Wednesday, January 2, 2008

Inspire Passion

The American Bible Society (ABS) is nearly 200 years old. Many years ago, when I first began helping them with their fundraising efforts, which by their own admission had become increasingly ineffective, they made a peculiar statement. They said, “Frankly, Todd, we all feel like ABS peaked in the sixties.”

My quick reply was, “Please explain what you mean when you say that ABS peaked in the sixties.” The good folks answered, “Well, the President of the United States at the time was a major financial contributor, and both the previous and current Attorney Generals of the United States were members of the Board of Directors for ABS.”

In admiration my next words were, “You mean John F. Kennedy was a major donor to the American Bible Society?” “No, Todd. We are not talking about the 1960s—we mean the 1860s…Lincoln! Abraham Lincoln was a major donor to ABS.”

Most organizations I begin working with realize they have issues that stunt growth, and they desperately want to change for the better. However, this new client truly believes it peaked over 140 years ago. Actually, it was humorous at the time and still is today whenever I tell the story. However, reminiscing about “four score and seven years ago” made me realize that I had my work cut out for me.

During the evaluation process of their marketing and communication materials, I noticed something profoundly wrong. ABS focused primarily on themselves and not on what is most important to donors. The fact became even more evident in conversations with staff. The staff proudly claimed that they had been a publisher and distributor of God’s Word for nearly two hundred years. These statements may sound impressive, but in the end they will not win the hearts of donors. Is your spirit moved to give to a publisher or distributor? I didn’t think so.

When we asked donors why they gave to ABS, they simply stated, “We give to the American Bible Society because they are a ministry.” Donors spoke about what the Bible had done for them personally, how reading and applying its wisdom to their lives had made them better people—“The Bible has transformed my life and that’s what I want to give to another person.”

Can you see how the staff’s vision for what they want to accomplish is much smaller than their donors’? The staff views their work as a publisher/distributor while their donors are changing lives for all eternity.

This may sound like subtle differences in communication, but in the “heart-reaching business,” they’re a million miles apart.
Is the American Bible Society an anomaly? No. Essentially, every charity I’ve ever worked with has this same problem: They are so focused on their own efforts that they do not effectively communicate the impact of those efforts to donors. They do not realize that “changing lives” is what motivates donors to give.
Donors are so far ahead of us fundraisers. Think about it . . . donors know exactly why they give their money. We’re the ones chasing them, trying to figure out what motivates them to give of their time, talent, influence, resources, and money. Will we ever collectively figure it out?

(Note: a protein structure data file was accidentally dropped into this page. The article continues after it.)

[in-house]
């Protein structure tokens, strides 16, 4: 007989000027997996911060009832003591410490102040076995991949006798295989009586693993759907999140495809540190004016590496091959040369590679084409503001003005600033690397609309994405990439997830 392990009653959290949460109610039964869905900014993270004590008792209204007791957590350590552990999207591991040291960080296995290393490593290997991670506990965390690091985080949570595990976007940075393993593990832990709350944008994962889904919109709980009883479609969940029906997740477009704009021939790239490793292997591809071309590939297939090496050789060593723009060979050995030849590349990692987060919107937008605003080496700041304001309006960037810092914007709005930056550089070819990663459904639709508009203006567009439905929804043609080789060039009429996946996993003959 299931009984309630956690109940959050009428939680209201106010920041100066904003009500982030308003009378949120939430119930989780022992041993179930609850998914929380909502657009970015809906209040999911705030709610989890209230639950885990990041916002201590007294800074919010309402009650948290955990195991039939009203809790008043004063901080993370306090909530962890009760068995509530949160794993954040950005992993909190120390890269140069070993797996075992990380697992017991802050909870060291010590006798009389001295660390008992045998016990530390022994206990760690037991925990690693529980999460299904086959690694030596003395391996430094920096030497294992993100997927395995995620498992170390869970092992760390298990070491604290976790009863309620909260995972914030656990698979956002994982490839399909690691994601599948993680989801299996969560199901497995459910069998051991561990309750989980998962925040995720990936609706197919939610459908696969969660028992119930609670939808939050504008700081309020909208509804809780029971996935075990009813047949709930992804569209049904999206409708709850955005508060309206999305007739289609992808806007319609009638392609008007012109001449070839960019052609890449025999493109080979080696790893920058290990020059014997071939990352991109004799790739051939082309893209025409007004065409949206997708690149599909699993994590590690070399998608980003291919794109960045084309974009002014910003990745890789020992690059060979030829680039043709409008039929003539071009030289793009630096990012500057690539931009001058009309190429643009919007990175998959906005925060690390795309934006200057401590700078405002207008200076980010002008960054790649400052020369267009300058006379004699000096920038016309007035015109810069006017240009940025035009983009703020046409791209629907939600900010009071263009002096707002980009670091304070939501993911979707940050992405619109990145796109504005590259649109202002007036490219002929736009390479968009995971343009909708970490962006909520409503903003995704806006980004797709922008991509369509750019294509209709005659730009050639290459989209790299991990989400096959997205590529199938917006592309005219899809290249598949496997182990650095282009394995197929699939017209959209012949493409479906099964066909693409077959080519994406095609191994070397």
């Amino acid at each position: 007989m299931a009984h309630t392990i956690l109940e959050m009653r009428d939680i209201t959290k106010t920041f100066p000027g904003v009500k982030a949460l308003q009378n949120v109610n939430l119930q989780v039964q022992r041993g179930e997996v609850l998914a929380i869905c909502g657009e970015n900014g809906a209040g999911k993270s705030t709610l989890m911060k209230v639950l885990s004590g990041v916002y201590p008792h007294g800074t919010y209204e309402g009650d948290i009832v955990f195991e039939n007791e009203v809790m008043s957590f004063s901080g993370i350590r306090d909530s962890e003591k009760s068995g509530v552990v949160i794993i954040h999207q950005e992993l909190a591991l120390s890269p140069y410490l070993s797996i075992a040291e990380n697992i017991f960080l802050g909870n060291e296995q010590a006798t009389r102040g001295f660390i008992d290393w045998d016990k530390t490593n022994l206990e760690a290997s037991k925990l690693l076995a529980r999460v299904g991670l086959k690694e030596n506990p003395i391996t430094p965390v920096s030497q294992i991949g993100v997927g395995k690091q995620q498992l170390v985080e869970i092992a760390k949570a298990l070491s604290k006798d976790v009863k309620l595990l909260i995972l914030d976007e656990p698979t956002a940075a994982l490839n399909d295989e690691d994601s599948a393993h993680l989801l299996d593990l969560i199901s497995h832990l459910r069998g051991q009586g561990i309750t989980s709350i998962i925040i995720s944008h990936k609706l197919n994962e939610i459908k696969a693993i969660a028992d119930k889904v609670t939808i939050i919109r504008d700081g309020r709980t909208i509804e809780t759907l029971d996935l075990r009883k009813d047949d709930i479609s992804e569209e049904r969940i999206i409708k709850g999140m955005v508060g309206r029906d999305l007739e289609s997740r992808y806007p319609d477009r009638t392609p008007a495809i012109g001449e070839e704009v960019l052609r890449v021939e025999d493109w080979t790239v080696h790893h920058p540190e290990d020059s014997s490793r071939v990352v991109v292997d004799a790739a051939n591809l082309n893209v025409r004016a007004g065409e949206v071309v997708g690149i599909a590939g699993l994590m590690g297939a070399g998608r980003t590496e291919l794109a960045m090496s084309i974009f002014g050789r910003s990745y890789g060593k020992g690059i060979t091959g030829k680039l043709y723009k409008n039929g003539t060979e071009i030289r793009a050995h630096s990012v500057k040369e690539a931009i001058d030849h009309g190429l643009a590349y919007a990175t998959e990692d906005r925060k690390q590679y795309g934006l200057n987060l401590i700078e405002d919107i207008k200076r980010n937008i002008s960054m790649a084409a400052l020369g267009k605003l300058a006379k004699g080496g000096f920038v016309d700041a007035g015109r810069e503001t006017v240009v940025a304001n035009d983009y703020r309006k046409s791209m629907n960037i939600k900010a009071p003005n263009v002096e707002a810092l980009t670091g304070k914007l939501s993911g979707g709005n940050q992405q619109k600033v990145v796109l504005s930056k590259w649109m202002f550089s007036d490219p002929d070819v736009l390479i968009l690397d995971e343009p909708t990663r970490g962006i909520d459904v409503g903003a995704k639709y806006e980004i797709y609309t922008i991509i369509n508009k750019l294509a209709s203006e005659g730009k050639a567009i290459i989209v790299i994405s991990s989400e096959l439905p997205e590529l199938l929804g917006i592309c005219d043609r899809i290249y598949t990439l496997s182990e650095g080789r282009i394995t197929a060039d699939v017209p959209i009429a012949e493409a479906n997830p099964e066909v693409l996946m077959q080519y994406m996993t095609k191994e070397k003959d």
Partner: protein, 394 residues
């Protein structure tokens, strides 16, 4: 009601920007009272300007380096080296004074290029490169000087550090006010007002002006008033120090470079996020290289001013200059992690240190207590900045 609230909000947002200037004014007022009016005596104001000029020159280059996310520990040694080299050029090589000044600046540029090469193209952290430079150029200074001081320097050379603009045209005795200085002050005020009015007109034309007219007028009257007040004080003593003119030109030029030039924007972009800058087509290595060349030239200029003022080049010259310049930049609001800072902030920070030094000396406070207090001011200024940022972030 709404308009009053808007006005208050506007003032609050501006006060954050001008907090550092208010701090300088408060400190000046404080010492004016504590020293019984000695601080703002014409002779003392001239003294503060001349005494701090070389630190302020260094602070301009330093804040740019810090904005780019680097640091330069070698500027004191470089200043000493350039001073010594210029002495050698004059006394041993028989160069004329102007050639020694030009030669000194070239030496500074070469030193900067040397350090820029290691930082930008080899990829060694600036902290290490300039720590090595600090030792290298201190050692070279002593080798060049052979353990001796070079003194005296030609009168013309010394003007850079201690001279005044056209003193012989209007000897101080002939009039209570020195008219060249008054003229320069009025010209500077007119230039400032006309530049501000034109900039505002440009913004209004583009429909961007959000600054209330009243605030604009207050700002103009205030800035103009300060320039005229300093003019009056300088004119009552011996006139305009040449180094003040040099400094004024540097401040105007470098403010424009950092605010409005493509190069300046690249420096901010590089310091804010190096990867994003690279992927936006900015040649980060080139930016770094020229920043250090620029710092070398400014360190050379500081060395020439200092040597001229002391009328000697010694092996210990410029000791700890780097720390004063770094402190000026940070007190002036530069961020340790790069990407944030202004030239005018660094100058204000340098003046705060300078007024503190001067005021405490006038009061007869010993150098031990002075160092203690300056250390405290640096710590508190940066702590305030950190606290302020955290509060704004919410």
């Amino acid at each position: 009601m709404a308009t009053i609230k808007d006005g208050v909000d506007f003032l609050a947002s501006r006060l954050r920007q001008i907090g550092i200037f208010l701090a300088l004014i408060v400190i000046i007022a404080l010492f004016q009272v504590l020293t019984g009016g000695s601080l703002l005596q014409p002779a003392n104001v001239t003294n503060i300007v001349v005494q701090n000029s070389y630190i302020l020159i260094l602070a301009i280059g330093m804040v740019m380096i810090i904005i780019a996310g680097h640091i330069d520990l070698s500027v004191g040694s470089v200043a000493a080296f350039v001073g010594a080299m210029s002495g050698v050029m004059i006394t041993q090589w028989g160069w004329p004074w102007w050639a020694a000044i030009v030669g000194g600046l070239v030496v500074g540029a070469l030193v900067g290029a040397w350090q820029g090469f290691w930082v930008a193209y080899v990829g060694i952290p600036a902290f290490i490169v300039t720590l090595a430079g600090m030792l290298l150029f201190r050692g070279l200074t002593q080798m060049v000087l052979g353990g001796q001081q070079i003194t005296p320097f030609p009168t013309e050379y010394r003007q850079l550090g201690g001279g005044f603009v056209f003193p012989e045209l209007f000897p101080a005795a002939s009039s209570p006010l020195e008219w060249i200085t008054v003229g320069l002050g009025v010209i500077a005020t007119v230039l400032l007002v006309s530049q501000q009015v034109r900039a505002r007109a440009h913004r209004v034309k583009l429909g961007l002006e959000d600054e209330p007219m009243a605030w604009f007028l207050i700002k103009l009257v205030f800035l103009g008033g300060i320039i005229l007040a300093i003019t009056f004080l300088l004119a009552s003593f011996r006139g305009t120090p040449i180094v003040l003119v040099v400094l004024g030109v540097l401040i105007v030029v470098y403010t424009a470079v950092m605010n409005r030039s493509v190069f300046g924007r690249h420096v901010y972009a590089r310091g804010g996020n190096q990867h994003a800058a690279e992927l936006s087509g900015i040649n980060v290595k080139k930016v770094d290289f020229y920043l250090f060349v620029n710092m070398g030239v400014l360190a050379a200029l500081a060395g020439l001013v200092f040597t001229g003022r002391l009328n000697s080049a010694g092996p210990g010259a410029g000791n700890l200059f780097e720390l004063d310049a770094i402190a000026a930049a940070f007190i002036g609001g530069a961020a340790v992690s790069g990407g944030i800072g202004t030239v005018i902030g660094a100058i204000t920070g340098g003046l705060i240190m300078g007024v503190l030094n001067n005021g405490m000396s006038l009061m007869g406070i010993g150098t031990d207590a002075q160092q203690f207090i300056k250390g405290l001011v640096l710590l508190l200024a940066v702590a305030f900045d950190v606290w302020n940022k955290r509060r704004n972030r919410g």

David Lawson, a fundraising consultant, recently enlightened our industry with the knowledge that by 2005, financial institutions will be collecting over $300 billion in management fees alone. These fees represent only 1% of the $30 trillion in assets being managed. For comparison, last year contributions in the United States totaled $212 billion. Lawson’s observation tells us at least one thing—that people have the capacity to donate more, so why don’t they?

Baker's Theory
It is my belief that the reason people do not give more money to charity is because they are not inspired.

For-profit companies spend billions of dollars to inspire people to see a movie, buy a particular car or shoe and, believe it or not, even cat food.

You know what? It’s working—people are throwing their money at this stuff, and a lot more. If you’ve ever been to a professional sporting event you’ll witness inspired people . . . people with passion . . . with a sense of belonging.
We are collectively failing to inspire donors because what and how we communicate tends to be all about us . . . our efforts . . . our good deeds—while the most inspiring thing we can say is being left unspoken.
Just as in the case of ABS, in order to inspire donors we must first align our separate visions—to see the work as they do . . . bigger and deeper. Then refocus our communication from our own activities, such as shipping, training, preserving, distributing, and coordinating and begin to remind the donors of the lives we’re saving and changing together.

Together we must help our fellow champions of philanthropy to change how they present their worthwhile causes—to focus more on the impact of their efforts for that will win the hearts of donors.
If we can collectively make this small but innovative change in our approach to fundraising and communication, more people will become inspired to give, thus there will be more money for charity. As a result, more people will be helped, making the world a better place.
Can it be that simple? Can this ideal direction provide the insight and motivation to improve the quality of life for all? Call me a dreamer, but I believe it will do just that . . .

Goodbye for now, fellow champion!

The Possible's slow fuse is lit by the Imagination.
Emily Dickinson

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